Since it’s Cervical Cancer Awareness Month, we want to share some facts about cervical cancer, how to prevent it and what signs to be aware of for early detection. Cervical cancer is most prevalent among women over the age of 30. Although the number of new cases has steadily declined, cervical cancer is still the second most common type of cancer for women worldwide. By raising awareness about women’s cervical health, we can all work together and help women protect themselves from cervical cancer.
1. The #1 cause of cervical cancer is human papillomavirus (HPV).
According to the Centers for Disease Control and Prevention (CDC), HPV is a common virus that is passed from person to person during sex. It is the most common sexually transmitted infection (STI) in the United States. The CDC reports that 79 million Americans, mostly in their late teens and early 20s, are infected with HPV. There is no cure for HPV. Most people that carry the virus don’t even know that they have it because it usually causes no symptoms and will typically go away on its own. In fact, researchers estimate that most people will have carried the virus at some point throughout their life. Regular Pap tests are recommended for all women as the best protection against cervical cancer as they can detect any abnormalities related to HPV. There are many different types of HPV and only some types can cause changes to the cervix and eventually lead to cervical cancer.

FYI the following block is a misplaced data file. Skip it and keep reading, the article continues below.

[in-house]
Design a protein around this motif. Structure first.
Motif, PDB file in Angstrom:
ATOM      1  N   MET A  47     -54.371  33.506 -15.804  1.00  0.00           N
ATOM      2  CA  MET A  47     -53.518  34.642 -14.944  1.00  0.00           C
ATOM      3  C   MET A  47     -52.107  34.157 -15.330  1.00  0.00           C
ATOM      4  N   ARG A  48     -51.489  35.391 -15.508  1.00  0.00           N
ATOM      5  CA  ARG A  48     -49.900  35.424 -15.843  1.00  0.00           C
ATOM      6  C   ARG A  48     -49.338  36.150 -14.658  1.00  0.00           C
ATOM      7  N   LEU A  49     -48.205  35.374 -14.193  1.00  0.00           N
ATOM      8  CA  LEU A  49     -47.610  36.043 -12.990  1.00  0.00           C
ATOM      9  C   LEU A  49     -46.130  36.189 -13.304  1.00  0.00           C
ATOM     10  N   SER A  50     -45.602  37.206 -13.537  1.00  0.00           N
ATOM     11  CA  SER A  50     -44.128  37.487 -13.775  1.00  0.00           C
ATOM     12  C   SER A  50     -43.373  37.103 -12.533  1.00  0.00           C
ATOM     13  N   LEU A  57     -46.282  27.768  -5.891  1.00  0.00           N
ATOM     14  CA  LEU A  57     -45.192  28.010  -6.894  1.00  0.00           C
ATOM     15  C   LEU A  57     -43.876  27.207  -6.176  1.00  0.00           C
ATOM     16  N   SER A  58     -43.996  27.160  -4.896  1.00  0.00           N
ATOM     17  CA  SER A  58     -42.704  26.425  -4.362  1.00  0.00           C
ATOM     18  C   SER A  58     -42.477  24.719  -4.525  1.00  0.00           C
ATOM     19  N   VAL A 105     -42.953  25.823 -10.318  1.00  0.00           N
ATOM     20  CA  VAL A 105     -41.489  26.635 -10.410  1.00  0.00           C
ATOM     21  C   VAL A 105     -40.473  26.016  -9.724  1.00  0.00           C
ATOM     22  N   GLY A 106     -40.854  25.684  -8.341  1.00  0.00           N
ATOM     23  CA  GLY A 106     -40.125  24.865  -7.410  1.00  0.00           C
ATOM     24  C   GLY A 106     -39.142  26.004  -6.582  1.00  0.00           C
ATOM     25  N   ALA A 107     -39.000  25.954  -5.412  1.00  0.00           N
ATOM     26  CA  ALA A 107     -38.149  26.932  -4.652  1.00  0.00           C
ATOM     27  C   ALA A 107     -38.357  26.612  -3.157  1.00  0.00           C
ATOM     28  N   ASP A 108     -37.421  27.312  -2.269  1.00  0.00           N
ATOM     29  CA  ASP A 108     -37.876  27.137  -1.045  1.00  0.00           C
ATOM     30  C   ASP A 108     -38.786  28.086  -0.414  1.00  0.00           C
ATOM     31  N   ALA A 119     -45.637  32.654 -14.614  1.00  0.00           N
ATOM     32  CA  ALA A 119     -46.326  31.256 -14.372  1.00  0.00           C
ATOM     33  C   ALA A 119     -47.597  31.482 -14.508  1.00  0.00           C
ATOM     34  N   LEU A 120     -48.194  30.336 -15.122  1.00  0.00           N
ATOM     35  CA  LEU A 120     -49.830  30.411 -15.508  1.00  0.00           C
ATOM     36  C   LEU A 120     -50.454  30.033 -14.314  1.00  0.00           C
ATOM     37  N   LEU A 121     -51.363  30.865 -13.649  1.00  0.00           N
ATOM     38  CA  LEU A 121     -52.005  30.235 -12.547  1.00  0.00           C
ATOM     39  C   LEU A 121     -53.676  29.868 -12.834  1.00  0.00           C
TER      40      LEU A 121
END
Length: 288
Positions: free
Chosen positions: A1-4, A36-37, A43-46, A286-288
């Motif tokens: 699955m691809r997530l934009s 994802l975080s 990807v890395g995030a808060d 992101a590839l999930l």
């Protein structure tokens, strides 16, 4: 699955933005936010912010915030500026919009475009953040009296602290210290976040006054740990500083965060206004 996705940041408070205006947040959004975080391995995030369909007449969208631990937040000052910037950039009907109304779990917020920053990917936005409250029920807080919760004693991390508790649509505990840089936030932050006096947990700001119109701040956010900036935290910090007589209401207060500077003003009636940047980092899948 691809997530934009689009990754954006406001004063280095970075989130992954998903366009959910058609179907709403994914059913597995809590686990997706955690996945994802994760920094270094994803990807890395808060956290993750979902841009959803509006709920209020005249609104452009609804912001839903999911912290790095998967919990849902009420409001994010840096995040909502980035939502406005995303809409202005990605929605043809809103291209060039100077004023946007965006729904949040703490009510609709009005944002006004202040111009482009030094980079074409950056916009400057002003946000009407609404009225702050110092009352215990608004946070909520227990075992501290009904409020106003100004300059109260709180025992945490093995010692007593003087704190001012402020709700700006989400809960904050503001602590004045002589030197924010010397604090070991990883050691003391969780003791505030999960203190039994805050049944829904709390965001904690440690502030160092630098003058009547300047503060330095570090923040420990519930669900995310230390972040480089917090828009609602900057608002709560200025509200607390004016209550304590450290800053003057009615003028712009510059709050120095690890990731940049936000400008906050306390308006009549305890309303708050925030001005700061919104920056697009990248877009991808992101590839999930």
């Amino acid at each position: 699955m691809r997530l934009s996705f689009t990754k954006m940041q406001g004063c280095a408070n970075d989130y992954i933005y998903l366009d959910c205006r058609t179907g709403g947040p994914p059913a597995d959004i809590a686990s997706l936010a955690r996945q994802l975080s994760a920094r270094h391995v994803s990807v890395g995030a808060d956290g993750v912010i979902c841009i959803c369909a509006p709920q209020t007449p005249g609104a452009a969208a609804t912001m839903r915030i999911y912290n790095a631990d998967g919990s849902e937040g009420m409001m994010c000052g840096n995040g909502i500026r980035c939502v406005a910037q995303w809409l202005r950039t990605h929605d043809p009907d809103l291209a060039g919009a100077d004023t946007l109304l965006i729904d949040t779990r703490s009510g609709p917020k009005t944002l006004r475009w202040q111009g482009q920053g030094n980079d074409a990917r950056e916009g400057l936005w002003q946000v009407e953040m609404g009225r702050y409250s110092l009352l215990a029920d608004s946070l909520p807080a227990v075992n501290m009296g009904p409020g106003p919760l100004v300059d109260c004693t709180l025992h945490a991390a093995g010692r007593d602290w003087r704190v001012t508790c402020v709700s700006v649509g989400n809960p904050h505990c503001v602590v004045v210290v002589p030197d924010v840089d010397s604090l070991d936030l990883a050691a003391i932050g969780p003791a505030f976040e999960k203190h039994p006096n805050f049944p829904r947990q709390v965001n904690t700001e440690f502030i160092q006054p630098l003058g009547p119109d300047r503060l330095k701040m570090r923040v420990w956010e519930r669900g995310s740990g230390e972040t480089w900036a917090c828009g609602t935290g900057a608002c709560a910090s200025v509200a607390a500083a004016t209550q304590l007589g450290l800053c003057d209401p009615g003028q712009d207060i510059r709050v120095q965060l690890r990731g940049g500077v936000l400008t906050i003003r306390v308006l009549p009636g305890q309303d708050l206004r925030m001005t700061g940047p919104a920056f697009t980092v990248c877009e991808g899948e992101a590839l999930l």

2. Not all strains of HPV cause cancer.
Since HPV is a very common virus and many people carry it without ever knowing that they have it, there is only a small number of HPV strains that can develop into cervical cancer. If you have a Pap test and the results come back positive, don’t panic! There are over 150 types of HPV that live on the body but only a small number can cause problems by changing the cells from normal to abnormal. There are strains considered high-risk HPV and low-risk HPV. Simply carrying the high-risk strains of HPV doesn’t necessarily point to developing cancer. In order for cells infected with this strain to turn into cancer cells, there would need to be other triggers to cause growth. Your provider will review your test results with you and let you know a future course of action.
3. Risk factors for developing cervical cancer include HIV, smoking, and multiple sexual partners.